The original idea of the robot was to create a Octopod (eight legged) robot. Octopods can solve a lot of movement problems that robots have. The robot we designed is holonomic, once the code is in place for it to move in all directions. Through part malfunctions and printers breaking down, we have sense switch the robot to a Hexapod. The Hexapod is designed in OpenSCAD and the base is fully parametric. It can have any number of legs that we want and we can change the size of the base.


Existing Works:

There were many designs for hexapod robots on Thingiverse. Most of these designs were the animal style of hexapod, meaning the legs are symmetric down the center of the robot with a clearly defined front. Other designs used fewer number of servos, but this limited the range of motion of the robot.

For servo control, there are many pre-designed solutions for controlling many servos, but they were expensive. There are also pre-written libraries for controlling servos included in the Arduino IDE that we ultimately used.


Physical Design:

The robot is made from the same parts as the Plex Bot I described in a previous post. The hip of the Hexapod and the two connecting servos are in the same configuration as the Plex Bot. This means all that I needed to design was the base of the robot and modify some of the joints size to better allow for a better range of freedom. The base of the robot is shown below. All of the joints are located in the center of the hexagon sides. This is probably not the best place to place these as it allows for less movement than if the servos were placed at the corner.

As a size comparison there is an arduino mega on the bottom. We wanted the bot to be as small as possible so the Mega, the biggest component, fits within the bounds of the main body.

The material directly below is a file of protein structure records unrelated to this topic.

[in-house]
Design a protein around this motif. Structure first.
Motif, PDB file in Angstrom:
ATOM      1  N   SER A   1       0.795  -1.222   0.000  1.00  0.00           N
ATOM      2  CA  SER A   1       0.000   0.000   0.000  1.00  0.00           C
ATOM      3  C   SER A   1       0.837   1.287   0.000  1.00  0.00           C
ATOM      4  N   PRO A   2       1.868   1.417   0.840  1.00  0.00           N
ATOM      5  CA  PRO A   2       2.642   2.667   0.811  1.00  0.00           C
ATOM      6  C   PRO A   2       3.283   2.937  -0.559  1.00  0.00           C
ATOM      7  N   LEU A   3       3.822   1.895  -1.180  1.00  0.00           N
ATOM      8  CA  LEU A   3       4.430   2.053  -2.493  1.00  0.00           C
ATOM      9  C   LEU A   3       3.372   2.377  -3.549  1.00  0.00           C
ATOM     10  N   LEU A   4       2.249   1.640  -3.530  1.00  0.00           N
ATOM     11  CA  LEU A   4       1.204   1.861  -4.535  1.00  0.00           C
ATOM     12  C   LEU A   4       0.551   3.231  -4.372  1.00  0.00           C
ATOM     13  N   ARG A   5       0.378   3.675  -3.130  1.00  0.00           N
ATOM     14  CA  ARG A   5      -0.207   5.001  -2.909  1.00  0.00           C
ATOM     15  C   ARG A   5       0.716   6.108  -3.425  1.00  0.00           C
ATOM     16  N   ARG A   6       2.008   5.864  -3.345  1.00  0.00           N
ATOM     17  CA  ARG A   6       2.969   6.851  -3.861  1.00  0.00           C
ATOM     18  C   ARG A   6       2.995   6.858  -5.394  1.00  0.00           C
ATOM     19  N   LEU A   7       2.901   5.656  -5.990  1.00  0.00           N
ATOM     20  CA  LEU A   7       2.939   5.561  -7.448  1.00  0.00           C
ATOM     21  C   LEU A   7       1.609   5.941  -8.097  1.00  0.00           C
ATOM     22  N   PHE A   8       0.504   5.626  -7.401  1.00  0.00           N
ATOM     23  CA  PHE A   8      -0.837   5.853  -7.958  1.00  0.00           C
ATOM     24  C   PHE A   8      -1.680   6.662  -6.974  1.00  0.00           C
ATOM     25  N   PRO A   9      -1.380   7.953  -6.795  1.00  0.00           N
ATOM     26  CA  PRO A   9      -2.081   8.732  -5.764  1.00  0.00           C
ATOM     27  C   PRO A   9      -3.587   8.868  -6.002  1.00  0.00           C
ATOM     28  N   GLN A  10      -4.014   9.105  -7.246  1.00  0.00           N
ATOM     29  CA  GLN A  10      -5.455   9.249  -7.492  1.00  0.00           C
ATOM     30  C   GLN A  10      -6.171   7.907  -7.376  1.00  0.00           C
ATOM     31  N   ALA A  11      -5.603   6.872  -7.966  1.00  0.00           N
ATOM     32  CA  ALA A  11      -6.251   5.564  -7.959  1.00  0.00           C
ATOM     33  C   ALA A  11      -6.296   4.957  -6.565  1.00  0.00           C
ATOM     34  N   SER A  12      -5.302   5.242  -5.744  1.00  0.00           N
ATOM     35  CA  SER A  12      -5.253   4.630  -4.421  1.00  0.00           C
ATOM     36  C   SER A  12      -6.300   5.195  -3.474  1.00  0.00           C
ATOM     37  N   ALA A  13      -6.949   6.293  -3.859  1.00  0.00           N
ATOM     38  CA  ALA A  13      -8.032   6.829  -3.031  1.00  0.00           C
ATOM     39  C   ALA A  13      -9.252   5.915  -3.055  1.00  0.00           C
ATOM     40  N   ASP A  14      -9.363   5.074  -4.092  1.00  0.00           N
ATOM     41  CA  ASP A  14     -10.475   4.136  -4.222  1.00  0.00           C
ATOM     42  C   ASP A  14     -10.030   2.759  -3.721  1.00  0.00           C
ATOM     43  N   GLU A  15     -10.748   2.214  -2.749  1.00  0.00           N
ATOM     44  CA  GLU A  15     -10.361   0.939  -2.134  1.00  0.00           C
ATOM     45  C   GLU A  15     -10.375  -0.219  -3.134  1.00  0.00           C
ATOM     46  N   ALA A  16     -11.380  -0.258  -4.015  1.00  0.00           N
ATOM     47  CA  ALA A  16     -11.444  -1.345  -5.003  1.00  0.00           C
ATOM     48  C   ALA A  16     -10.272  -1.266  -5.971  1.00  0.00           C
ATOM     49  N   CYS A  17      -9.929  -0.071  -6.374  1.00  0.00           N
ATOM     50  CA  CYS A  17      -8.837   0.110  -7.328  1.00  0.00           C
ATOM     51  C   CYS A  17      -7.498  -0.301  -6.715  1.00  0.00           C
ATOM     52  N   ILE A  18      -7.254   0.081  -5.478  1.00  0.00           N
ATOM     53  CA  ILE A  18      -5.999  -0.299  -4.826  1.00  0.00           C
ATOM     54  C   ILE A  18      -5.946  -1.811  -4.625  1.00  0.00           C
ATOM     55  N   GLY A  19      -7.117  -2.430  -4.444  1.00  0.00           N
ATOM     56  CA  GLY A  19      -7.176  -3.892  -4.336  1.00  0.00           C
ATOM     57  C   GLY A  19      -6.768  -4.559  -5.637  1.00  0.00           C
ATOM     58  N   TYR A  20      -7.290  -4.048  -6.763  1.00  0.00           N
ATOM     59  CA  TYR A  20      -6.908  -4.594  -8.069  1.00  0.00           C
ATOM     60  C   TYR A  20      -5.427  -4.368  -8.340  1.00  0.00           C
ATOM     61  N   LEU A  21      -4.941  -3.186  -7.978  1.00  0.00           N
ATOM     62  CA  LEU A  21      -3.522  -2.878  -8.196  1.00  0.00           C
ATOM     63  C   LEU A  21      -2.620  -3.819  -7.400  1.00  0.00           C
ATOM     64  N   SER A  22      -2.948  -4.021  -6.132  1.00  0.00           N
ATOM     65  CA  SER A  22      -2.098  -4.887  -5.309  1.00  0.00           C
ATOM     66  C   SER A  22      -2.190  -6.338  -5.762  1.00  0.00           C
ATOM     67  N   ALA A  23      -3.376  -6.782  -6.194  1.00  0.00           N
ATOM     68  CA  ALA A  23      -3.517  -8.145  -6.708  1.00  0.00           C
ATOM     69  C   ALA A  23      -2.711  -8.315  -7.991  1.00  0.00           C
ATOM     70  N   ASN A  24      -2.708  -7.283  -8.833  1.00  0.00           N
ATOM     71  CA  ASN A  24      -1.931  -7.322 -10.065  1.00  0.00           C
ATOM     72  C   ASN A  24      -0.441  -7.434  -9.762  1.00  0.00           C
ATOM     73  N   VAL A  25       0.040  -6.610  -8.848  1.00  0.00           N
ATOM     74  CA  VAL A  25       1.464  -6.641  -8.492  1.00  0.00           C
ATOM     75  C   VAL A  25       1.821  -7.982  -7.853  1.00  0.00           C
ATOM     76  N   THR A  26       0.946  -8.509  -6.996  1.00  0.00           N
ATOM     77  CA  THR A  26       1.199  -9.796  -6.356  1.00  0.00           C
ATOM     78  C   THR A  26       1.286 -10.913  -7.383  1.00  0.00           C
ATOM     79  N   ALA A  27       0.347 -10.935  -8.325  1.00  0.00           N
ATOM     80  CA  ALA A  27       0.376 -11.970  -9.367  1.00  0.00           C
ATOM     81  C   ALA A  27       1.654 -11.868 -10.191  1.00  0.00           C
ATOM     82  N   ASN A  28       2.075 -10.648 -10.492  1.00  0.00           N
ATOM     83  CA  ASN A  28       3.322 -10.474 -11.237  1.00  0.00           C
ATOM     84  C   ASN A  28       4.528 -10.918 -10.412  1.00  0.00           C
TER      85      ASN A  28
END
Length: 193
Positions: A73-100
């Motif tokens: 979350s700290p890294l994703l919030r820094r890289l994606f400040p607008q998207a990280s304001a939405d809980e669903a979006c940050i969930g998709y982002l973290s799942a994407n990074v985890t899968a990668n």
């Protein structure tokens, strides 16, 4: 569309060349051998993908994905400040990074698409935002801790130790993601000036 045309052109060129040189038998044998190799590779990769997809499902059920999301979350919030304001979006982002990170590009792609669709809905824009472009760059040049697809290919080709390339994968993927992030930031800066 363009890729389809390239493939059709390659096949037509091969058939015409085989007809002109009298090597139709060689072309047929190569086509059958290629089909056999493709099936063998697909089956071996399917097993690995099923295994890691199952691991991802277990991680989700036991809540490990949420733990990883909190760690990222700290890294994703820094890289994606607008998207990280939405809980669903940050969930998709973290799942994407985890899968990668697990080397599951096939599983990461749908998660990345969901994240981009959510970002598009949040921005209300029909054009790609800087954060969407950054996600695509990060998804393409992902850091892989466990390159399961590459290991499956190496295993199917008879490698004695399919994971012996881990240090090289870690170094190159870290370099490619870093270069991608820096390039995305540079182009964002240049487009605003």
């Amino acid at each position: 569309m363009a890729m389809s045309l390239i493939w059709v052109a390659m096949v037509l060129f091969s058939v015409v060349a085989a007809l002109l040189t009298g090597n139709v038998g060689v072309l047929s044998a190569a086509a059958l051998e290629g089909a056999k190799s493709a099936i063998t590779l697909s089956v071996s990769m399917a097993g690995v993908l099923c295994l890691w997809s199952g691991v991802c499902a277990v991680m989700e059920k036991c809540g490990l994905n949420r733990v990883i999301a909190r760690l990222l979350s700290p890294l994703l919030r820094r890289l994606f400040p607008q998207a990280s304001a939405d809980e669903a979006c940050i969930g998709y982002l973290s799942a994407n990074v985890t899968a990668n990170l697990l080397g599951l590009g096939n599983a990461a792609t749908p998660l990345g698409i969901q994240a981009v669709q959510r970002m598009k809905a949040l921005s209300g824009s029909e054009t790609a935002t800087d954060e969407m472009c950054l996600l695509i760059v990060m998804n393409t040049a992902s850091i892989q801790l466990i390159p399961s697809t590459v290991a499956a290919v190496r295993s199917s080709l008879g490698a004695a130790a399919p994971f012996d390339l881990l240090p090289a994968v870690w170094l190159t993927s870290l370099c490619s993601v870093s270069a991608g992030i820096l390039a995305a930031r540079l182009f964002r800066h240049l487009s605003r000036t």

After designing the base, next was the joints. This robot did not use bearings at the joints opposite to the servo horn. This made fitting all the parts a lot harder as the joints did not want to fit properly without a lot of dremeling down the edges. In the end all joints fit and can be moved by the servos but less friction would certainly be prefered.


Electronic Design:

The hardware solution for servo control was using an Arduino Mega for control with a shield to connect the servos to the Mega. With the idea of building an octobot, the shield was designed to handle 24 servos. The shield supplies power to all the servos and connects the control wire on each servo to the correct pin on the Mega. Additionally there were four headers for ultrasonic sensors. When the servos change position, the current spikes, which could cause servos to not move. The solution was to add a capacitor to smooth out the current. Additionally, we were using a wall USB power supply that supplied 2 A. When the servos have a torque applied on them they draw 0.3 A. With 18 servos, they can draw a combined 5.4 A. We ended up using a NiCad battery that could supply 6 A.

In laying out the shield, I didn’t realize the problem with connecting servos to the Tx and Rx pins. The Tx and Rx pins are used for the communications between the computer and the microcontroller. With a servo connected to those pins, the servo would twitch when the code was being uploaded. Also it prevented the use of Serial.println() for debugging. As a quick fix we just removed the servos attached to the Tx and Rx pins and moved them to open headers.


Test Run:



The Arduino servo library was used to simplify the programming. Each leg was written as a class to help with the control of the robot. The legs were incorporated in a robot class that has functions for each planned movement.





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